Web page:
As 91% (398/435) of amphibian RD species are anurans (frogs), and the biology of the three amphibian orders are so different, we concentrated our analyses solely on frogs. The final dataset (available in Appendix S1) contained 553 anuran species representing 32 of the 33 anuran families, containing species from all six continents on which amphibians are present. For a detailed description of the dataset including methods of collection and sources used, please see Appendix S2.

In order to determine which biological, environmental and anthropogenic factors predicted species' RD status, we collected information on a number of life history, ecological and environmental variables. Appendix S3 gives a full description of predictor variables used and the transformations applied to meet expectations of normality.

We coded species according to their IUCN status, RD status and causal mechanism (using information from the GAA), and whether Bd infection has been reported (i.e., Bd+/Bd) (see Appendix S4 for list of diagnosed species of which we are aware, and of references used). This information allowed us to make four binary comparisons, addressing four questions as follows

  • 1Do RD species differ biologically from other threatened species?
  • 2Do Enigmatic RD species differ biologically from other threatened and RD species?
  • 3Do Bd+ RD species differ biologically from Bd+ species that have not suffered a rapid decline?
  • 4Do RD species that have been infected/diagnosed as Bd+ differ biologically from RD species not infected/diagnosed with Bd?

When comparing threatened and non-threatened species, there are two possible problems of circularity. First, threat status might be autocorrelated with geographic range size, because species may be classified as threatened based on their narrow distribution. This could also bias comparisons between RD species (which are by definition at least Near-Threatened) and non-RD species (many of which are Least Concern). Most of our tests are structured to compare RD species with other RD or threatened species, minimising this circularity. The remaining analysis (comparison C above) also included Least Concern species in order to maximise the sample of Bd infected species. To remove the circularity from this analysis, we omitted threatened species (RD or otherwise) that had not been categorised under IUCN Criterion A (range decline, rather than small range size), following Purvis et al. (2000). The second possible problem is that RD status could be further autocorrelated with geographic range size if estimates of decline rate are artefactually higher in small-range species. This could occur if such species are easier to monitor, or if small ranges are mapped at a finer scale than large ranges (Thomas and Abery 1995). However, this artefact would predict that RD species tend to have smaller ranges than other threatened species, which they do not (see results of comparison A, below).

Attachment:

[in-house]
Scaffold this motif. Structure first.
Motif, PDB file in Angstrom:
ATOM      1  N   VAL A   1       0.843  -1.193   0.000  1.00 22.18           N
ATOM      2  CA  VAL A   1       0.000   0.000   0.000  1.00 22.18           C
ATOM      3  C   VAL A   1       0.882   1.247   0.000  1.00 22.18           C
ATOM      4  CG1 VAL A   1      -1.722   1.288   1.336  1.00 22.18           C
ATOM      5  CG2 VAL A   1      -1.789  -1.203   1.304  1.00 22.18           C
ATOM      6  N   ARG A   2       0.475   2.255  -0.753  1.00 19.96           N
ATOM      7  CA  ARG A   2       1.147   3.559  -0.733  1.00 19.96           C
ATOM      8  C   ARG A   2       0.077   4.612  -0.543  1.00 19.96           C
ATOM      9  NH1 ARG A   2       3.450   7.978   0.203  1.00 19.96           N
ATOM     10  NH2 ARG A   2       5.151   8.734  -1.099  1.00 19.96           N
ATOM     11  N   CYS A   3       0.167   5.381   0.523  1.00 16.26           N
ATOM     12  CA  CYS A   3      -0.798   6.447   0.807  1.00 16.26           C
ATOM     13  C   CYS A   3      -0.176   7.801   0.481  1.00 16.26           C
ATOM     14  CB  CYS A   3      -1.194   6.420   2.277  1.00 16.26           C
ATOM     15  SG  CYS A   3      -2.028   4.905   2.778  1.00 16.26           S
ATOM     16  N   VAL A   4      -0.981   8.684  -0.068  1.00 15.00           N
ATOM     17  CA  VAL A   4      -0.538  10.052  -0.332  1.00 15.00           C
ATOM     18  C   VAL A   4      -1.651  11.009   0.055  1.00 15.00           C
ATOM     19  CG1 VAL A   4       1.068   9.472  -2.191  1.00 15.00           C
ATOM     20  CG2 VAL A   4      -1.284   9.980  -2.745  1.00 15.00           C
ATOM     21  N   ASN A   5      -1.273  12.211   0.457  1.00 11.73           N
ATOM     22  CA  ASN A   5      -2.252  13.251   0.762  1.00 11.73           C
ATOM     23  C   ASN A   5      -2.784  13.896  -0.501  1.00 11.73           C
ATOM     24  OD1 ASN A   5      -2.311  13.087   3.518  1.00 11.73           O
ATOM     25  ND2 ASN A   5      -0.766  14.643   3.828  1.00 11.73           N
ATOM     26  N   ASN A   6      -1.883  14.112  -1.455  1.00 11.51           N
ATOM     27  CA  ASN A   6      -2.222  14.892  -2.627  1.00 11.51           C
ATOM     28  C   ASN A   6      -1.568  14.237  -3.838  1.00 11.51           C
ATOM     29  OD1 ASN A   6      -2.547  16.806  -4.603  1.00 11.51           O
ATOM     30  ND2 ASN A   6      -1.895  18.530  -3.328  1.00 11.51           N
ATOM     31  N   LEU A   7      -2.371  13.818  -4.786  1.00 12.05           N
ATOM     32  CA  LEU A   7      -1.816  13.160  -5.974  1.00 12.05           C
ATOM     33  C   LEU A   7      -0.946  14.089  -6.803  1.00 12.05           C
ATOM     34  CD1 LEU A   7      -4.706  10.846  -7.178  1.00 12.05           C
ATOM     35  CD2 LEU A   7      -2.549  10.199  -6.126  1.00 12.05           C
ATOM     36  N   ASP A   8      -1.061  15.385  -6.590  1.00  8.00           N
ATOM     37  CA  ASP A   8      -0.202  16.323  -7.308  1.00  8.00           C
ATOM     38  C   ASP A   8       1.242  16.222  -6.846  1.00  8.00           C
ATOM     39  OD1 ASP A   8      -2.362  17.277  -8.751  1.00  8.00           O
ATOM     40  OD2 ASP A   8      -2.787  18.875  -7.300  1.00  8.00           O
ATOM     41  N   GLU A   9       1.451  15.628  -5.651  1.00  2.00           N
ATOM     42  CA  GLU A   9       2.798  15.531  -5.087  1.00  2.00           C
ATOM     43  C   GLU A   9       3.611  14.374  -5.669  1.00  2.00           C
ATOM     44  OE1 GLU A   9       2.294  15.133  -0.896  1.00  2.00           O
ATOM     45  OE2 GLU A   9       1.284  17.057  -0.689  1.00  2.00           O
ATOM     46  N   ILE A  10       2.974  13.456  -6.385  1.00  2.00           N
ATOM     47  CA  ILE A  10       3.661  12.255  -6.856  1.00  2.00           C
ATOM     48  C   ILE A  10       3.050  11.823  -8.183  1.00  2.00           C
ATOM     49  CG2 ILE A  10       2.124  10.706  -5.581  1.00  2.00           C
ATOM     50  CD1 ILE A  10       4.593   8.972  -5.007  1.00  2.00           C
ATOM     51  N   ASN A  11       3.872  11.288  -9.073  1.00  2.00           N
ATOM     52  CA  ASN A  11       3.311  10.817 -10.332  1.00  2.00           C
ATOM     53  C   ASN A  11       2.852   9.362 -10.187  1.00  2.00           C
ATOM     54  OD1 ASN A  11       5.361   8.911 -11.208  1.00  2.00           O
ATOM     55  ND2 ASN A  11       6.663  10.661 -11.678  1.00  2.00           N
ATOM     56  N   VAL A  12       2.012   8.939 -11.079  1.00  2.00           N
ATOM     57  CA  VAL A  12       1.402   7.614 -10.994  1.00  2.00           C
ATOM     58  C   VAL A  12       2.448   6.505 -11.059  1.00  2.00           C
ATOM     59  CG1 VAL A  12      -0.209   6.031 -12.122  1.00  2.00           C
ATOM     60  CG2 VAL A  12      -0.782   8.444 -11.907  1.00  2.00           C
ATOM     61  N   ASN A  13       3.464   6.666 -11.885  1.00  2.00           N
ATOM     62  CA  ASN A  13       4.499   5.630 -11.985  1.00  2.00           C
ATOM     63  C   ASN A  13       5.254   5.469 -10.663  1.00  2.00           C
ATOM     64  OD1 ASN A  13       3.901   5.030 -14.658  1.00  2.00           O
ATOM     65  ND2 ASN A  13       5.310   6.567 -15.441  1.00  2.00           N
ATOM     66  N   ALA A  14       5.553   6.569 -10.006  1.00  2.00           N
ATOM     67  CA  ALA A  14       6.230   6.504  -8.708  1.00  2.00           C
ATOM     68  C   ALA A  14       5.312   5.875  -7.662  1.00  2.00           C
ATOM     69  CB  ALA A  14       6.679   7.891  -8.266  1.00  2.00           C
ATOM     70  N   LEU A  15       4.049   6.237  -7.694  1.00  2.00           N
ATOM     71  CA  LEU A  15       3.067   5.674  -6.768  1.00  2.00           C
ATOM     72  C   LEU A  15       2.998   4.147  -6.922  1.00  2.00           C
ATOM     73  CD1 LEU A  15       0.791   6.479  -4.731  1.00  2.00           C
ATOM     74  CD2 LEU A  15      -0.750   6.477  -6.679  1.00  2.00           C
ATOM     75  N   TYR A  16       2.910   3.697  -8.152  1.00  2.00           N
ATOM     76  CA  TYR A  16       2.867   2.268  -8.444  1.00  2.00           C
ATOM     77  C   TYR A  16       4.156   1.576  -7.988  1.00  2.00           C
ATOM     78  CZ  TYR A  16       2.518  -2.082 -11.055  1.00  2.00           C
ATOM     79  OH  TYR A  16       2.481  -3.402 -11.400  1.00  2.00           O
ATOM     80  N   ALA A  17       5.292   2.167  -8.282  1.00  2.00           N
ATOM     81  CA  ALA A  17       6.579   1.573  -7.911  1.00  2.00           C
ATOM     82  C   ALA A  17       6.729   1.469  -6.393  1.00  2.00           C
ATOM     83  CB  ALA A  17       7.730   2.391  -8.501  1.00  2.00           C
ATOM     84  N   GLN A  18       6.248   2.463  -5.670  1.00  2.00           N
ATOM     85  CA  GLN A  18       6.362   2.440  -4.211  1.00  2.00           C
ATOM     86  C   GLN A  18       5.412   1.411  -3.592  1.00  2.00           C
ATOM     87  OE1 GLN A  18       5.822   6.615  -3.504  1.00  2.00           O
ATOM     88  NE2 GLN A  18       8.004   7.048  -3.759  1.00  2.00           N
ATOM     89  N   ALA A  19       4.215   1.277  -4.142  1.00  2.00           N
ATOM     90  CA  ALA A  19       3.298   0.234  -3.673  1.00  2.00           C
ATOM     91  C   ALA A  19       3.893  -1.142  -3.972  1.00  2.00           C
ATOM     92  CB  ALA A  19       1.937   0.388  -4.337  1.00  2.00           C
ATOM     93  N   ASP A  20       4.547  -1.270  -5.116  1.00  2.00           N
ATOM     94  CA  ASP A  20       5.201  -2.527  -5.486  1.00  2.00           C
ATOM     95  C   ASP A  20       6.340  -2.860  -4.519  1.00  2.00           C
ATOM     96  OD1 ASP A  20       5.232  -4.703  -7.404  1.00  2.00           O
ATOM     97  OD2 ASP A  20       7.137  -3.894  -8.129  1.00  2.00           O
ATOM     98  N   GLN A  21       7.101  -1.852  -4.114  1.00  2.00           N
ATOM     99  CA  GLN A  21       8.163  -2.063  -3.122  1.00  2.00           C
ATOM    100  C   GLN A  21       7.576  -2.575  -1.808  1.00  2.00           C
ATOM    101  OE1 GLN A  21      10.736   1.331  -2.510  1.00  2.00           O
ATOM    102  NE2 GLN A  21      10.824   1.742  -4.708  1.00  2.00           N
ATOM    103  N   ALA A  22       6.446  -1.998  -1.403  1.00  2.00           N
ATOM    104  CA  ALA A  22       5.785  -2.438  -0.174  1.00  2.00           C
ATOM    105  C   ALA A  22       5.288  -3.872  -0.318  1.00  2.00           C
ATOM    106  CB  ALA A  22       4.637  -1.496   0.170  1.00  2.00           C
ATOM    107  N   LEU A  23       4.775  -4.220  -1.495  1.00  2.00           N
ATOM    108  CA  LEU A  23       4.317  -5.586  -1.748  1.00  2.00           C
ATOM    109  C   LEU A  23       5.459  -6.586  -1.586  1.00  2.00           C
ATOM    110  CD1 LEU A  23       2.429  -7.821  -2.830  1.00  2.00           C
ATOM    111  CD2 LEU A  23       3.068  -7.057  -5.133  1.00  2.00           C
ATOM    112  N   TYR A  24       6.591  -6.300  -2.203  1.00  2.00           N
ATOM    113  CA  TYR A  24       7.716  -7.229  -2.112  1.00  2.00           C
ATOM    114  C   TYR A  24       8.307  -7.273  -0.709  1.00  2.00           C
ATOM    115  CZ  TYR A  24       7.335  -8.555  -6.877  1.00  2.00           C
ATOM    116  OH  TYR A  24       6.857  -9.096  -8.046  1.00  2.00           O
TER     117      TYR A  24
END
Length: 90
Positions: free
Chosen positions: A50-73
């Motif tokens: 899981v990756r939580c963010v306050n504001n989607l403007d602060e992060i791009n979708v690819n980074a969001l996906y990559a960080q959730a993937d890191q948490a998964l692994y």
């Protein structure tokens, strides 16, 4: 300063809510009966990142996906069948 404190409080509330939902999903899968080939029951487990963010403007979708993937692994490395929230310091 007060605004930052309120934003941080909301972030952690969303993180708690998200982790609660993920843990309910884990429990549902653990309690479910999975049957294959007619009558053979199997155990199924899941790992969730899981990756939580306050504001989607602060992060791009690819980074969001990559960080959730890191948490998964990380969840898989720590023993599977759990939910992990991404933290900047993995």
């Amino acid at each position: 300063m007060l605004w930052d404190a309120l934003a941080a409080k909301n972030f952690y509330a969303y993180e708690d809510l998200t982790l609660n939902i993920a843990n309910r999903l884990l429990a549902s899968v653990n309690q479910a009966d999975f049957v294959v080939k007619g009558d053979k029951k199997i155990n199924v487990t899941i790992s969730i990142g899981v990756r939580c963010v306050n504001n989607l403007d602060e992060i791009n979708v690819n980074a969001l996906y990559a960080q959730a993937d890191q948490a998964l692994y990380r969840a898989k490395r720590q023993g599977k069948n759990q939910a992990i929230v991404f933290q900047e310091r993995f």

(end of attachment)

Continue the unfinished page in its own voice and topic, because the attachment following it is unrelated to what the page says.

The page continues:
Due to the binary nature of the response variables, and the consequent non-normal error structure, we conducted the analyses using generalized linear models specifying the link function as either logit or complementary log-log, and preferred the link with the lowest residual deviance (Crawley 2002).

We accounted for the strong phylogenetic signal within the dataset (see Appendix S5) using generalised estimating equations (GEE) as described by Paradis and Claude (2002). GEE are a procedure in which model parameters in a generalised linear model framework may be estimated taking correlations among observations into account. All GEE analyses were conducted using the compar.gee function (package = ape; Paradis et al. 2005) in the software package R (R Development Core Team 2005). In our analyses, the correlation matrix describing the relationships among data was obtained from the recently published genus-level amphibian phylogeny (Frost et al. 2006) with taxonomy as a surrogate for phylogeny below the genus level. As a result of the lack of branch length information, all branch lengths were set to two units. For each of the four comparisons, A-D, we initially conducted single-predictor analyses for each of the twelve explanatory variables. In two of the 48 bivariate analyses performed, the model parameters would not converge when using one or both of the possible link functions. We have indicated where this occurred in the results section. To account for the possibility that the large number of predictors tested would result in an increased rate of Type I errors, the Holm-Bonferroni method was implemented on the bivariate analyses within each of the four comparisons made. All Holm-Bonferroni adjustments were made using the p.adjust function in the software package R (R Development Core Team 2005).